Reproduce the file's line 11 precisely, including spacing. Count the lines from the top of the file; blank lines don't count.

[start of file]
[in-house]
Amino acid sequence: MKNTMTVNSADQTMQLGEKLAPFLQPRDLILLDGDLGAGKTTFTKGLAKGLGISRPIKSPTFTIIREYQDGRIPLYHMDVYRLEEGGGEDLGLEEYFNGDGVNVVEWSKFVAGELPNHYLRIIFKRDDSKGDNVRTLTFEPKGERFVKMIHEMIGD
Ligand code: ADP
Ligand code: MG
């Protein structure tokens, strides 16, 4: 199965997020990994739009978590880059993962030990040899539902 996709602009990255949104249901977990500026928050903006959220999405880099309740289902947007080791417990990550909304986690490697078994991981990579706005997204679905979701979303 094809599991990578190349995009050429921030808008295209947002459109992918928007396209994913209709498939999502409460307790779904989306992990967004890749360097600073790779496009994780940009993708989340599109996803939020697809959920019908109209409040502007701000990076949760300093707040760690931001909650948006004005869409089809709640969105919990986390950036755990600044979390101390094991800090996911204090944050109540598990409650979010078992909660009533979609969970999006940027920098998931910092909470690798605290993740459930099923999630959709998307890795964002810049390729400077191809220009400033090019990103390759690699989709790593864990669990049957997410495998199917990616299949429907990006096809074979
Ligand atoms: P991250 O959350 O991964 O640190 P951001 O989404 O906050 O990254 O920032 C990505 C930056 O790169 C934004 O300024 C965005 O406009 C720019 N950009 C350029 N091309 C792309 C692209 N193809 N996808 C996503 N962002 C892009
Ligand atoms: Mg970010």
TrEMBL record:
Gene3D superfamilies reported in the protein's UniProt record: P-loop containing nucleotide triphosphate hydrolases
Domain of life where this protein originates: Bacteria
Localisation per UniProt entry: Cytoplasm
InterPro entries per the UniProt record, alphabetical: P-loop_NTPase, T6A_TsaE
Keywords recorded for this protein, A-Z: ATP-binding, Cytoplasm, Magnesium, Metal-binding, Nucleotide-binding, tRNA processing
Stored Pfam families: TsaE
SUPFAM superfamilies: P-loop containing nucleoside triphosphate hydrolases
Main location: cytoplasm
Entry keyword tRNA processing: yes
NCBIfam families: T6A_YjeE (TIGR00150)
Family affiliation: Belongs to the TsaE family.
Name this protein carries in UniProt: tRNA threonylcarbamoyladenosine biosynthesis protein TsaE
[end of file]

Localisation per UniProt entry: Cytoplasm